conductance adjusted, u only have to adj. it for best swr while 
running some of the Freq., also I use a 4x4 piece of aluminum 
to mount my PL239 for my coax cable I also use mini 8 coax(18 
ft.) between tuner & trans. line of box. Hope this helps 73s 

F>>A Quick & Dirty test is to adjust the RF power to the tube so that
F>>it just lights up from end to end and then bring your hand a few inches
F>>away from one of the electrodes. If the tube gets brighter, the line is

F>If you bring your hand too close to the electrode, aren't you risking RF
F>burns? Any suggestions as to what you can use for this quick & dirty test
F>that doesn't involve body parts? Say a screwdriver (insulated handle)?

I guess this is what comes from working with high powered RF 
systems for 30+ years. A little RF here and there never 
bothered me. <VBG> Seriously, we're only dealing with a couple 
of hundred watts at most, unless you have a really BIG 

Since the wire spiral is insulated with Teflon tube, I can 
actually wrap my hand firmly around the spiral electrode while 
the tube is in operation without getting an RF burn. All I 
feel is a bit of RF diathermy heating. OTOH, if you touch the 
bare wire, yes, you will get a painful RF burn. Using the point 
of a common wood pencil, I can draw a 1/4 inch RF arc from the 
end of the electrode while operating at 100 watts.

For the Q&D test, you need only approach the tube to a 
distance of a few inches for a few seconds, so RF heating 
effects are minimized, and an RF burn is unlikely, using 
reasonable care.


þ QMPro 1.53 þ * * * <- Tribbles ~*~ ~*~ ~*~ <- Tribbles in heaven

Even if the turns of the three inch coil are not touching, if 
they are at all close, they form a coil which has 
inductance..... would this not add to the reactivity of load as 
seen by the linear/tuner, and would not this argue for spacing 
the windings of the transmission line as far appart as 
possible.... perhaps an inch or two between windings.... 

Perhaps it would even argue for a different winding geometry 
altogether - like an infinity loop/number 8 - where the twisted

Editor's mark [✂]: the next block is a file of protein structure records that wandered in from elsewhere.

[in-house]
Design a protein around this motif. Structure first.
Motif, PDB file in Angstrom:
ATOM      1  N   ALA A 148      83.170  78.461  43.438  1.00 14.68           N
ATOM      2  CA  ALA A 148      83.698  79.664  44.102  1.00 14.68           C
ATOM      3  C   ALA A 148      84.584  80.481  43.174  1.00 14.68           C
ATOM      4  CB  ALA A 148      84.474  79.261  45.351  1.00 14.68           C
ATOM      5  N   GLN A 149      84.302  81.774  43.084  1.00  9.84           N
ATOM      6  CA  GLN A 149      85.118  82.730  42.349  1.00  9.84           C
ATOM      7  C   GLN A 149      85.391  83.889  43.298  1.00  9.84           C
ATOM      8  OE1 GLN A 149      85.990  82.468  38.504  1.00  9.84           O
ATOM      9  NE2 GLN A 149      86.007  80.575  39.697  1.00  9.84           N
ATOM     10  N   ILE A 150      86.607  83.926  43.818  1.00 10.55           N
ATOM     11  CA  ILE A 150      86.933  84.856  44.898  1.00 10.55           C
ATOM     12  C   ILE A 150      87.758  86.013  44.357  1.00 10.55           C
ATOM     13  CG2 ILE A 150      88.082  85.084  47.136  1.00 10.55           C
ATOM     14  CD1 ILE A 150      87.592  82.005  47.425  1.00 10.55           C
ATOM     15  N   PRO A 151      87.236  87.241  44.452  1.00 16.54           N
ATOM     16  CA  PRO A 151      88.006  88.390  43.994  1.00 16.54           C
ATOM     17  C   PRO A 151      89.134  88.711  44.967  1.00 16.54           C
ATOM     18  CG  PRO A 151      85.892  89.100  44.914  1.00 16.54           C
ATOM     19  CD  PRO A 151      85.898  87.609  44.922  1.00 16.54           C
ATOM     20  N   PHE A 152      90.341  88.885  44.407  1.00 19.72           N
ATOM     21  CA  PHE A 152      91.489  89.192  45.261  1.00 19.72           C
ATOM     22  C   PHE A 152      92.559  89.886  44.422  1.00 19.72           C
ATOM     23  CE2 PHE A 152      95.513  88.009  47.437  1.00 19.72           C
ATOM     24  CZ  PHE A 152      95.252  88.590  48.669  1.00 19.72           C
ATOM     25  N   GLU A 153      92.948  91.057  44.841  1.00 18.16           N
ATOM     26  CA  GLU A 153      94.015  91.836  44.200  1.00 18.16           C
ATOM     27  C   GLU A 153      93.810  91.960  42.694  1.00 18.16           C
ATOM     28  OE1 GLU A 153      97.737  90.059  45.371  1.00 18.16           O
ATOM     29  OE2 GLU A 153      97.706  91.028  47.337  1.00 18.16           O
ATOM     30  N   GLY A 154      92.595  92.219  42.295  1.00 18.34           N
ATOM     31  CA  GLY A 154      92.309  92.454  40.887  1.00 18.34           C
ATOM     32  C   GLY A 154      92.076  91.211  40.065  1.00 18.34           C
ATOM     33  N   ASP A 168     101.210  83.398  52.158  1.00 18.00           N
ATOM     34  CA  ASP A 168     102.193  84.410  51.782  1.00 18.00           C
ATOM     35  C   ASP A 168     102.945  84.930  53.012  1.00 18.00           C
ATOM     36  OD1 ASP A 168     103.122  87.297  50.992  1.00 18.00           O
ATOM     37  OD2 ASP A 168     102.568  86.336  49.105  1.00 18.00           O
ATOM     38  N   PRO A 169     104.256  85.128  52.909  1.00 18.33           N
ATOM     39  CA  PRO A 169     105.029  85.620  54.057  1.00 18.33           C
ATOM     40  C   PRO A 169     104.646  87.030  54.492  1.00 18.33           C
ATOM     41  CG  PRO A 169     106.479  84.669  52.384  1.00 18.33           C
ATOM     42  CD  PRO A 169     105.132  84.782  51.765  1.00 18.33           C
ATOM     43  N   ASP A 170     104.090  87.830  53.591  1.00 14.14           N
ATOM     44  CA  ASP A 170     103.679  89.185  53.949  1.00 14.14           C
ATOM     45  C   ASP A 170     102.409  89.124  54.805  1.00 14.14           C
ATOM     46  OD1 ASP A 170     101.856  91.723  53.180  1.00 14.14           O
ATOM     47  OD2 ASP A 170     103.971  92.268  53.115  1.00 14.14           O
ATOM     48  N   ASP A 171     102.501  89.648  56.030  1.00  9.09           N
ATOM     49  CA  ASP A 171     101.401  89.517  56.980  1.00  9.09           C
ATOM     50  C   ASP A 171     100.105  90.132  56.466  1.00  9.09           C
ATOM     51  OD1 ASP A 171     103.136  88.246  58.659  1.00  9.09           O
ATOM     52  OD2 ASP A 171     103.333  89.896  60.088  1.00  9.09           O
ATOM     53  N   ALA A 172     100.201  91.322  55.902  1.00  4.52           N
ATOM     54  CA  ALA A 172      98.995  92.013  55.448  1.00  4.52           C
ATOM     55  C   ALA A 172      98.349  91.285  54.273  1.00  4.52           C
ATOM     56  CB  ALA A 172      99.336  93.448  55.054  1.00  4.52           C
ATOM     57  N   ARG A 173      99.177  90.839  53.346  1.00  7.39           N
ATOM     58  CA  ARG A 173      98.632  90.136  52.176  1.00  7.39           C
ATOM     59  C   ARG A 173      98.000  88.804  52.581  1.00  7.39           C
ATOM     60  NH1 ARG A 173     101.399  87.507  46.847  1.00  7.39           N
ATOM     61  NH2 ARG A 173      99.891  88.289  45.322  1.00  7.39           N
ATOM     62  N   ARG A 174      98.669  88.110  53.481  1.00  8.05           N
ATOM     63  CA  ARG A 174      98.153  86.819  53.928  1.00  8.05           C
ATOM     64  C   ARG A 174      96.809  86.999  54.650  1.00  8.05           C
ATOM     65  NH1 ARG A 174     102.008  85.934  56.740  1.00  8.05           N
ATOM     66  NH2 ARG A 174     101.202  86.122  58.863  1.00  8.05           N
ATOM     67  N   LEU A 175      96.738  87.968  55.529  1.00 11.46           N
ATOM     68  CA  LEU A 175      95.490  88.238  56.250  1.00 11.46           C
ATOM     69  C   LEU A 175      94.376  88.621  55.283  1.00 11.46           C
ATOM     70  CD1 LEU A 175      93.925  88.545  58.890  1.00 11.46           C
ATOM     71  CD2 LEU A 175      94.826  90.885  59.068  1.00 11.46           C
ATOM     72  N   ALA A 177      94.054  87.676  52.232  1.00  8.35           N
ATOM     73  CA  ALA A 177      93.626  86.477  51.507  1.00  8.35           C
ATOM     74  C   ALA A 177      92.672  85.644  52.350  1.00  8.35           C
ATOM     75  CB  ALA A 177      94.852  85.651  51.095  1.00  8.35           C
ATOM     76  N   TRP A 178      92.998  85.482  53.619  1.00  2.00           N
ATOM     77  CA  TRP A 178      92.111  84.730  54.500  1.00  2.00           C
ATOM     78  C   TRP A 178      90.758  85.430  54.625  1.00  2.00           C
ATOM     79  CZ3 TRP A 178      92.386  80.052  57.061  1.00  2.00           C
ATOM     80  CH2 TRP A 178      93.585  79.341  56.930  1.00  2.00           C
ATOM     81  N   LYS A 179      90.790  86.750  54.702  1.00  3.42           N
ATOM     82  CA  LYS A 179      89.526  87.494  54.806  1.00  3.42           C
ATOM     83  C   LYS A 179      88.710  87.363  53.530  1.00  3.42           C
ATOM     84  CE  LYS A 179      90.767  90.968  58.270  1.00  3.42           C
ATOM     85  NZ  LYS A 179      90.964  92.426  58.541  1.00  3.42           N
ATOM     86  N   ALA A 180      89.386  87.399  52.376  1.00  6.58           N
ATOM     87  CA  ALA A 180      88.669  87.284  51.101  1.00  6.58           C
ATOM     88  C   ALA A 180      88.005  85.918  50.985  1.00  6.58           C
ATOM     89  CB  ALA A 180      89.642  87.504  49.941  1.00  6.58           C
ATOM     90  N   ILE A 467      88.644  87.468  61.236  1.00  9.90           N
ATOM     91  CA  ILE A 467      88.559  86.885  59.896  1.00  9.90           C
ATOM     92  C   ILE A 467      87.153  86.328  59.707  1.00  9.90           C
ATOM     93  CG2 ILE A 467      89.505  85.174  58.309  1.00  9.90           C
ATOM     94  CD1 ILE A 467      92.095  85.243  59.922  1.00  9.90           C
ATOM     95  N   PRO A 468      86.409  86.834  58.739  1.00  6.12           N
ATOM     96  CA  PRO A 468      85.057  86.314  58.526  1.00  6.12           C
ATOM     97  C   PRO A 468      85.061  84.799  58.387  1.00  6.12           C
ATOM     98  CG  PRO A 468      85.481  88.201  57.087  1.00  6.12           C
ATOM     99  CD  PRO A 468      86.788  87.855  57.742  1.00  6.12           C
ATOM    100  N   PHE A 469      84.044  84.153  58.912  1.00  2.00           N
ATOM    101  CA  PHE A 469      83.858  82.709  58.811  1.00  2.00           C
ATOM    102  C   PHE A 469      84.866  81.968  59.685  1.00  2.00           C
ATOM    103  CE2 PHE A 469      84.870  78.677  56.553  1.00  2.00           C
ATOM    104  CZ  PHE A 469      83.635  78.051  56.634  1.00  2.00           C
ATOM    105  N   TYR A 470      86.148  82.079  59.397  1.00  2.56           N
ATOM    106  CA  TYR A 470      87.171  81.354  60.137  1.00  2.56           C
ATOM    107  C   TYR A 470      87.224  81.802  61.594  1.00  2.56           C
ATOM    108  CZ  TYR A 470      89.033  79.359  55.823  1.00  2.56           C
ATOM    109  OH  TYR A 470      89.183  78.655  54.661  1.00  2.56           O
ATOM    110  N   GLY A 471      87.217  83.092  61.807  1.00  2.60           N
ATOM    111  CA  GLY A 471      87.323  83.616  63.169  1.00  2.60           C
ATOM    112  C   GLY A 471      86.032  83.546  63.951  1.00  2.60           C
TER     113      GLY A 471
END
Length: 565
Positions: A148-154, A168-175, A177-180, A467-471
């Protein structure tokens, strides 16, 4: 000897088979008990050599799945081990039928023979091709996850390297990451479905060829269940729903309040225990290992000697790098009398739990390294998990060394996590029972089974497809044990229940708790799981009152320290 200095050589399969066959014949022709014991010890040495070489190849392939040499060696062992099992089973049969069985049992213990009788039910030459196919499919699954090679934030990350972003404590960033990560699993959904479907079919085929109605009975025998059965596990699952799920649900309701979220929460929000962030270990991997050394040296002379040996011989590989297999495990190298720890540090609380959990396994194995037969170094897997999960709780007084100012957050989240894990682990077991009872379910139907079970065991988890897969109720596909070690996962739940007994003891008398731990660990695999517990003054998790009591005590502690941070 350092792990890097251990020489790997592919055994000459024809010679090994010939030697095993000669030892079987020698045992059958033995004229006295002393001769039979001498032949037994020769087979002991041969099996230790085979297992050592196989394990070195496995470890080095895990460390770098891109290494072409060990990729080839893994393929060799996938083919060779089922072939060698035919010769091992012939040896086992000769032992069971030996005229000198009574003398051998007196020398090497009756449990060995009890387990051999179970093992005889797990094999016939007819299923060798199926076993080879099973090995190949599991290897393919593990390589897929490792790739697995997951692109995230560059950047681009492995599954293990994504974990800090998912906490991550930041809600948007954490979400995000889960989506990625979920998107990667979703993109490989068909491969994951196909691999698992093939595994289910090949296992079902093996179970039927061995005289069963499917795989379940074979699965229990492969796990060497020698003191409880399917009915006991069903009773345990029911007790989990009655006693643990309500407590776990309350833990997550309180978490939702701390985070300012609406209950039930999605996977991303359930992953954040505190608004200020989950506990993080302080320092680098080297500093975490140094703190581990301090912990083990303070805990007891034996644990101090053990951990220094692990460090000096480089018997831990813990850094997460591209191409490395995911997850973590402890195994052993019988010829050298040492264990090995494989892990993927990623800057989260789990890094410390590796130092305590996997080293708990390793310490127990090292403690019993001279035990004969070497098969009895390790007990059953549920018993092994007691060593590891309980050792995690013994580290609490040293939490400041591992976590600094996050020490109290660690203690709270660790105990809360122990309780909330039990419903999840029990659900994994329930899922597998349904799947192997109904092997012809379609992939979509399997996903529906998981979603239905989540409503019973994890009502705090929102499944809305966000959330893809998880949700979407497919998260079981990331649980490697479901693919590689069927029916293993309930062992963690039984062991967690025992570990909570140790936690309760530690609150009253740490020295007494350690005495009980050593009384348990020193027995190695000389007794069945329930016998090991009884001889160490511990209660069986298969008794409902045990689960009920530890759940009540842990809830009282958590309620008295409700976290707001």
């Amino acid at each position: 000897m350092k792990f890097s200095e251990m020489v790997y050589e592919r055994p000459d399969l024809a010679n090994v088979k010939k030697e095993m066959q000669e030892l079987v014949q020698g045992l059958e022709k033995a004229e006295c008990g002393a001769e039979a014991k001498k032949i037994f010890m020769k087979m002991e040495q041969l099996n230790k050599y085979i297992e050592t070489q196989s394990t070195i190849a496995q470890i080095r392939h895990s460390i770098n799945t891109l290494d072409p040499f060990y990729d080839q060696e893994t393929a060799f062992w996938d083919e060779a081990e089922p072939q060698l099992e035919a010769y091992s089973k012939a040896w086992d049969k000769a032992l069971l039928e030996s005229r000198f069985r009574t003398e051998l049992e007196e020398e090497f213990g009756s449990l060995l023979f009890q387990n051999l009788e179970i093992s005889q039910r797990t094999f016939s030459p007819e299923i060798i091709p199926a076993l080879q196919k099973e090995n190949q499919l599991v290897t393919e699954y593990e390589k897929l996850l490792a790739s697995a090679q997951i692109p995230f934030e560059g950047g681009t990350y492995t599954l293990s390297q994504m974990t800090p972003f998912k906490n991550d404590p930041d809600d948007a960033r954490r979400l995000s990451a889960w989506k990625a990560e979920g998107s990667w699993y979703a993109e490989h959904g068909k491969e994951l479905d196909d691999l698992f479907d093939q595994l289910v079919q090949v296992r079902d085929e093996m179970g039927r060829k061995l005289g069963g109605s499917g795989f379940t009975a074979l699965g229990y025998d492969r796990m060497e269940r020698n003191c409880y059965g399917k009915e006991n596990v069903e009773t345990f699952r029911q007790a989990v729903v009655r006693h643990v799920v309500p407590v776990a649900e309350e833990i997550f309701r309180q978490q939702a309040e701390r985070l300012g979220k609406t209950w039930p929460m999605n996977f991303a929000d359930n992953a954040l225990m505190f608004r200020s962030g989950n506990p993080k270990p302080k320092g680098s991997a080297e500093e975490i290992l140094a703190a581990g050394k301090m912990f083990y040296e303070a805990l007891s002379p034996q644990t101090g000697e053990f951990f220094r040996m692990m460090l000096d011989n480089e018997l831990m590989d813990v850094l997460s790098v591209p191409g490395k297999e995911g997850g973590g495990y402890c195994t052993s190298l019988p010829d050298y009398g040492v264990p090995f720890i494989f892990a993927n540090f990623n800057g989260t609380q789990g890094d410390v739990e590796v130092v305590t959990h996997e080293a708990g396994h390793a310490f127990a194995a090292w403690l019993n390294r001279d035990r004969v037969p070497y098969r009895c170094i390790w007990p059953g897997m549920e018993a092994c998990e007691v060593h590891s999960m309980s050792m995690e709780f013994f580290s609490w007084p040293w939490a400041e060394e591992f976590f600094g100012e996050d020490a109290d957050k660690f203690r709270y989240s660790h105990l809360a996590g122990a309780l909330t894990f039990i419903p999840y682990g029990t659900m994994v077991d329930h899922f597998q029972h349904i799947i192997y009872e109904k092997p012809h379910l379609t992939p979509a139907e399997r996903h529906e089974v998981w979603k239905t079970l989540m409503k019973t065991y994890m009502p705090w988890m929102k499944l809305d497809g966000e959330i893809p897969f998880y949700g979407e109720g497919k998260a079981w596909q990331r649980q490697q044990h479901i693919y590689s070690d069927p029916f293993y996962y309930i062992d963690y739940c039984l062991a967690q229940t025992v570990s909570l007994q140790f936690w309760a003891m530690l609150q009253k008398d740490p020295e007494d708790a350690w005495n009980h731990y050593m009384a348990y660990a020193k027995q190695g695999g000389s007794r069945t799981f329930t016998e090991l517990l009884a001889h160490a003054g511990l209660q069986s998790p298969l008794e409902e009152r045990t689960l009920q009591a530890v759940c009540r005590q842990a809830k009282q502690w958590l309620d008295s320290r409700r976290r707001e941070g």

pair loops back on itself in opposing directions. This might be 
better than a "coil".

Comments welcome
-David Flinn-

><< T>The extra line should be wrapped around a 3" diameter tube without
> T>touching. Ron uses 12ga teflon coated twisted pair with no external
> >>
>Even if the turns of the three inch coil are not touching, if they are at
>all close, they form a coil which has inductance.

**** True.

>.... would this not add to the reactivity of load as seen by the

**** No.

>and would not this argue for spacing the windings of the transmission line
as far appart as possible....

**** No.

>perhaps an inch or two between windings....

**** No.

>Perhaps it would even argue for a different winding geometry altogether -
>like an infinity loop/number 8 - where the twisted pair loops back on
>itself in opposing directions. This might be better than a "coil".

**** Probably not.

>Comments welcome
>-David Flinn-

One of the important characteristics of a good transmission line is that
the electromagnetic fields caused by the current flow going in opposite
directions in each of the wires cancels the magnetic field to zero.
Therefore the coiled turns of transmission line do not represent a
reactance to the tuner. The common mode inductance as seen by the tuner
also cancels out provided that the turns are not too close together. On
the other hand common mode inductance serves another useful purpose. If
the plasma tube as seen by the transmission line is not perfectly balanced,
there will be an imbalance current that will flow common to both
transmission line wires in the same direction at the same time. This
current can make the equipment sensitive to touch as may be seen on the SWR
meter, and it can also interfere with the function generator. The
imbalance current plays a major roll in propagation of the RF energy which,
in my opinion, is undesirable especially in terms of RF interference.
Diverting this current to ground only enhances the RF propagation. Forming